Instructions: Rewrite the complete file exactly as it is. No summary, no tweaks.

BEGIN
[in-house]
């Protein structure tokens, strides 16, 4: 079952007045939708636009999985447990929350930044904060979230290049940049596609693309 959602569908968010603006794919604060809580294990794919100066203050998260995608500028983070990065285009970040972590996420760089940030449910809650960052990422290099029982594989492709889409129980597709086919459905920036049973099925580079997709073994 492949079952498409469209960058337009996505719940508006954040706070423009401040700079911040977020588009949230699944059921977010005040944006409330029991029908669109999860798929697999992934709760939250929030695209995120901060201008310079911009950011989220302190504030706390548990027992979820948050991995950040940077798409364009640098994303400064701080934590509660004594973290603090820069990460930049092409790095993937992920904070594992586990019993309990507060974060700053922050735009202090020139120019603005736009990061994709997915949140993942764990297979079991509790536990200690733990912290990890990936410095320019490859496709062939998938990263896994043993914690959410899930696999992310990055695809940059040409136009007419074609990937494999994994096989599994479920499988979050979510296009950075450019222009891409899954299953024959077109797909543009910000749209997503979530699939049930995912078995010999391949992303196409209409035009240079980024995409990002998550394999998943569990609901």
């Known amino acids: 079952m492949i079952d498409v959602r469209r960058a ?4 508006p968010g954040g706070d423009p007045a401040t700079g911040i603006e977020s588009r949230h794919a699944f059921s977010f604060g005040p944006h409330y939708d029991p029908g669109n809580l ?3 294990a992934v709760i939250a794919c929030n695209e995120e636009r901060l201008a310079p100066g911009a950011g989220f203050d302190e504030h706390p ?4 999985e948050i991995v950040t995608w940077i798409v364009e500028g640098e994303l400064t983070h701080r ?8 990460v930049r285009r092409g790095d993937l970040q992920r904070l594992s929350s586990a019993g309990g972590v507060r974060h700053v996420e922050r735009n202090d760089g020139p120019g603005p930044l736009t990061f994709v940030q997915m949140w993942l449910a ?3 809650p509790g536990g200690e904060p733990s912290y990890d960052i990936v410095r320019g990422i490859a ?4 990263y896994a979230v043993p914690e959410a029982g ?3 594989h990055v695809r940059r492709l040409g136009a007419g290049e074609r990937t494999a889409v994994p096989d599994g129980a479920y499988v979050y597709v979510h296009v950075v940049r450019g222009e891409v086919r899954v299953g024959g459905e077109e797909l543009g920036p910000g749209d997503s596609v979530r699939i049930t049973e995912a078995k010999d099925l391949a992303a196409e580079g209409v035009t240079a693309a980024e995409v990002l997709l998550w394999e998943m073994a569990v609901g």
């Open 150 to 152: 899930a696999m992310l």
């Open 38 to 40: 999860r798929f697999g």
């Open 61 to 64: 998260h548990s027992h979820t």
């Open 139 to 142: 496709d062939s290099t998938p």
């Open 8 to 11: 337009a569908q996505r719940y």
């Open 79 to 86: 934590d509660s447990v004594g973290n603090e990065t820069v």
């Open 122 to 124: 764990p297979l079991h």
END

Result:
[in-house]
């Protein structure tokens, strides 16, 4: 079952007045939708636009999985447990929350930044904060979230290049940049596609693309 959602569908968010603006794919604060809580294990794919100066203050998260995608500028983070990065285009970040972590996420760089940030449910809650960052990422290099029982594989492709889409129980597709086919459905920036049973099925580079997709073994 492949079952498409469209960058337009996505719940508006954040706070423009401040700079911040977020588009949230699944059921977010005040944006409330029991029908669109999860798929697999992934709760939250929030695209995120901060201008310079911009950011989220302190504030706390548990027992979820948050991995950040940077798409364009640098994303400064701080934590509660004594973290603090820069990460930049092409790095993937992920904070594992586990019993309990507060974060700053922050735009202090020139120019603005736009990061994709997915949140993942764990297979079991509790536990200690733990912290990890990936410095320019490859496709062939998938990263896994043993914690959410899930696999992310990055695809940059040409136009007419074609990937494999994994096989599994479920499988979050979510296009950075450019222009891409899954299953024959077109797909543009910000749209997503979530699939049930995912078995010999391949992303196409209409035009240079980024995409990002998550394999998943569990609901």
């Known amino acids: 079952m492949i079952d498409v959602r469209r960058a ?4 508006p968010g954040g706070d423009p007045a401040t700079g911040i603006e977020s588009r949230h794919a699944f059921s977010f604060g005040p944006h409330y939708d029991p029908g669109n809580l ?3 294990a992934v709760i939250a794919c929030n695209e995120e636009r901060l201008a310079p100066g911009a950011g989220f203050d302190e504030h706390p ?4 999985e948050i991995v950040t995608w940077i798409v364009e500028g640098e994303l400064t983070h701080r ?8 990460v930049r285009r092409g790095d993937l970040q992920r904070l594992s929350s586990a019993g309990g972590v507060r974060h700053v996420e922050r735009n202090d760089g020139p120019g603005p930044l736009t990061f994709v940030q997915m949140w993942l449910a ?3 809650p509790g536990g200690e904060p733990s912290y990890d960052i990936v410095r320019g990422i490859a ?4 990263y896994a979230v043993p914690e959410a029982g ?3 594989h990055v695809r940059r492709l040409g136009a007419g290049e074609r990937t494999a889409v994994p096989d599994g129980a479920y499988v979050y597709v979510h296009v950075v940049r450019g222009e891409v086919r899954v299953g024959g459905e077109e797909l543009g920036p910000g749209d997503s596609v979530r699939i049930t049973e995912a078995k010999d099925l391949a992303a196409e580079g209409v035009t240079a693309a980024e995409v990002l997709l998550w394999e998943m073994a569990v609901g």
């Open 150 to 152: 899930a696999m992310l």
């Open 38 to 40: 999860r798929f697999g």
């Open 61 to 64: 998260h548990s027992h979820t």
């Open 139 to 142: 496709d062939s290099t998938p």
């Open 8 to 11: 337009a569908q996505r719940y």
């Open 79 to 86: 934590d509660s447990v004594g973290n603090e990065t820069v």
């Open 122 to 124: 764990p297979l079991h």